As institutions that are governed by the principles of the Shari’ah, Islamic financial institutions should depart significantly from their conventional counterparts. The intense commitment of Islam to brotherhood, morality and justice makes the well-being of all human beings the principal goal of Islamic financial institutions. This well-being includes both material and spiritual satisfaction encompassing considerations of the present world and the hereafter. Thus, while ordinary business institutions are likely to make profit their primary objective, Islamic banks have to incorporate both profit and social responsibility into their objectives, as Islam strives for a balance between profit and social objectives. Scholars have noted, however, that constructing a model that provides clear parameters for how to make trade-offs among diverse stakeholders is one of the most difficult problems of business ethics. For Islamic financial institutions, this issue becomes more acute, especially when their business objectives include reassuring stakeholders that they are likely to receive a fair return on their investments, while at the same time they are bound to maintain conformity with the Shari’ah. This paper, therefore, attempts to address this issue by putting forward a Shari’ah prescription that provides a framework for managers to resolve problems arising from potentially conflicting responsibilities towards various stakeholders. In particular, the pyramid of maslahah may serve as a viable and effective model for a decision framework to manage conflicts between the interests of various stakeholder groups.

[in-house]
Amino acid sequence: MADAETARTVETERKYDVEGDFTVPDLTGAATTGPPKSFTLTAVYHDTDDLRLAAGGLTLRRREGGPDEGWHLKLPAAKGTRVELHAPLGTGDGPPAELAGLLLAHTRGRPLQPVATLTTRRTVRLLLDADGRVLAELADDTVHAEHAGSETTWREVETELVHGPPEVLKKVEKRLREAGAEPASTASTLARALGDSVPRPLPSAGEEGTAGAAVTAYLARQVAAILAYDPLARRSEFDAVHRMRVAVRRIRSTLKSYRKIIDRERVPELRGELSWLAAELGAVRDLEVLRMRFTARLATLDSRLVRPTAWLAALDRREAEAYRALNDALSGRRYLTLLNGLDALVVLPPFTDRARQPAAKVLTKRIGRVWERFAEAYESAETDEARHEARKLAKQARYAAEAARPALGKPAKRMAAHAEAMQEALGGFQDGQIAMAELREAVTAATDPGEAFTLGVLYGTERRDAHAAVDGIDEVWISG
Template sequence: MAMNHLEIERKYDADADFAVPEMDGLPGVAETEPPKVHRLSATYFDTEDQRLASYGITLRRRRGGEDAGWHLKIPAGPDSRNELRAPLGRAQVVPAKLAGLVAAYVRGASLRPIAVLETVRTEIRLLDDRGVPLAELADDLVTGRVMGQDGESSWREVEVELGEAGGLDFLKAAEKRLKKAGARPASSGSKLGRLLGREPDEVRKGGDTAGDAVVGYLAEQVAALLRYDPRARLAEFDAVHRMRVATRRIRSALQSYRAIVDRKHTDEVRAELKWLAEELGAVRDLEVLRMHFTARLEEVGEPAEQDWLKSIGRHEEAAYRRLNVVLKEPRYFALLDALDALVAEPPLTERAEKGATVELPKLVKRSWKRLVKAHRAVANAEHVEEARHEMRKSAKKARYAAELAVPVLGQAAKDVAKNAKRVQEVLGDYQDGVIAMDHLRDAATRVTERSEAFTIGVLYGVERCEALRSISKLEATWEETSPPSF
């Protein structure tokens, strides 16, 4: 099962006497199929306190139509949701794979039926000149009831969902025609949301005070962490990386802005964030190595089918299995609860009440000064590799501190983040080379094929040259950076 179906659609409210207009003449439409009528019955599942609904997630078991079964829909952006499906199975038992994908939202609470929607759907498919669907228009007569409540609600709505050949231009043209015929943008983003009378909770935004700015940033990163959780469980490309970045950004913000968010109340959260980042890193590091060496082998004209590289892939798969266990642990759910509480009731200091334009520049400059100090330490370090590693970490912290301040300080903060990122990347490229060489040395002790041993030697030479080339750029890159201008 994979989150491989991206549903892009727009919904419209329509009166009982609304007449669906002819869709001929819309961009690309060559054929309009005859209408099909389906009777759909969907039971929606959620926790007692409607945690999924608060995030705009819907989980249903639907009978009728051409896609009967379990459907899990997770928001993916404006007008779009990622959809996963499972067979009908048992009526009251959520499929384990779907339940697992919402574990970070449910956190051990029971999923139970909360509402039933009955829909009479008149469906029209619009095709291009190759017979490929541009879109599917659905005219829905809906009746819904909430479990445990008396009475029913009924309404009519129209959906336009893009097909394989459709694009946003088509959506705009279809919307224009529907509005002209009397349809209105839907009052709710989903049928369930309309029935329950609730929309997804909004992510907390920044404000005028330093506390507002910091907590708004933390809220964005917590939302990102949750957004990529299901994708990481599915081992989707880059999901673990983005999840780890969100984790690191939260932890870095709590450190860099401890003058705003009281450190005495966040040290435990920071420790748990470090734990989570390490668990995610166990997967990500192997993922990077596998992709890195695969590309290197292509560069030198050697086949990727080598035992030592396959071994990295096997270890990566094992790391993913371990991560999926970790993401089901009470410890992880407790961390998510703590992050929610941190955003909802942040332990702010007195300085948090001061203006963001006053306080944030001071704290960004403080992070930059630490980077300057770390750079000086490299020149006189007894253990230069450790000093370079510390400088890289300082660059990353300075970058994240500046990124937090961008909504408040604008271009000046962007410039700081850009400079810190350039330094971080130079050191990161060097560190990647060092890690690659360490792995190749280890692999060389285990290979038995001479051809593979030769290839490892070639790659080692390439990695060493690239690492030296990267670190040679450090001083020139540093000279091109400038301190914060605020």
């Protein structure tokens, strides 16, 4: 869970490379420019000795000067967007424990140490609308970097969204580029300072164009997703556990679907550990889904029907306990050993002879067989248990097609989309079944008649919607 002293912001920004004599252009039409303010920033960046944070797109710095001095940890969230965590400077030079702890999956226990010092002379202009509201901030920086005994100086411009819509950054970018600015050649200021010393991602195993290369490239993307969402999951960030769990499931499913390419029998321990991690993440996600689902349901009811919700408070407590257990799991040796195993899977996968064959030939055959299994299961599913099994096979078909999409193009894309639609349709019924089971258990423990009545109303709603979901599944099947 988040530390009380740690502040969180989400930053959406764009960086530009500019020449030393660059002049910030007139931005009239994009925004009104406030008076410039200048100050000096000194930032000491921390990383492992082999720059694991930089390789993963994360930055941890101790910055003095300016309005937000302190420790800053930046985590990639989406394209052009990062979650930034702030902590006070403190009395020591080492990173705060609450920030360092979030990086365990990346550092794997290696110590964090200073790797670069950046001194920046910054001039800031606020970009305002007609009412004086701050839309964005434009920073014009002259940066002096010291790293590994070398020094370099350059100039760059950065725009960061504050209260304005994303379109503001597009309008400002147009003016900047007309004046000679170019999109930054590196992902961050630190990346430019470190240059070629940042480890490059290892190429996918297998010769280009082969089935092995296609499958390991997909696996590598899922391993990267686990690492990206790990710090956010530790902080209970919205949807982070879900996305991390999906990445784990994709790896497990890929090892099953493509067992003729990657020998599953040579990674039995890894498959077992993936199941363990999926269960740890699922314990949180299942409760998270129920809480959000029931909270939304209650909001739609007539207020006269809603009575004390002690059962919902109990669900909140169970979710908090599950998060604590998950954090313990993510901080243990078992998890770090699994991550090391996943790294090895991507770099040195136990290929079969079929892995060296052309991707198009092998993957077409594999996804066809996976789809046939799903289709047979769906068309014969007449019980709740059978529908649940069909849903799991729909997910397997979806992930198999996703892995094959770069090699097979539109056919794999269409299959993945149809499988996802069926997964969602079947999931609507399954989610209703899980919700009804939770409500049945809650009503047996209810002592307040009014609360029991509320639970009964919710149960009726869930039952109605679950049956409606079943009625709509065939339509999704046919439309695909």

Unfortunately your account does not have the necessary access level to continue.
We would like to suggest that you upgrade account to enjoy more benefits on this website.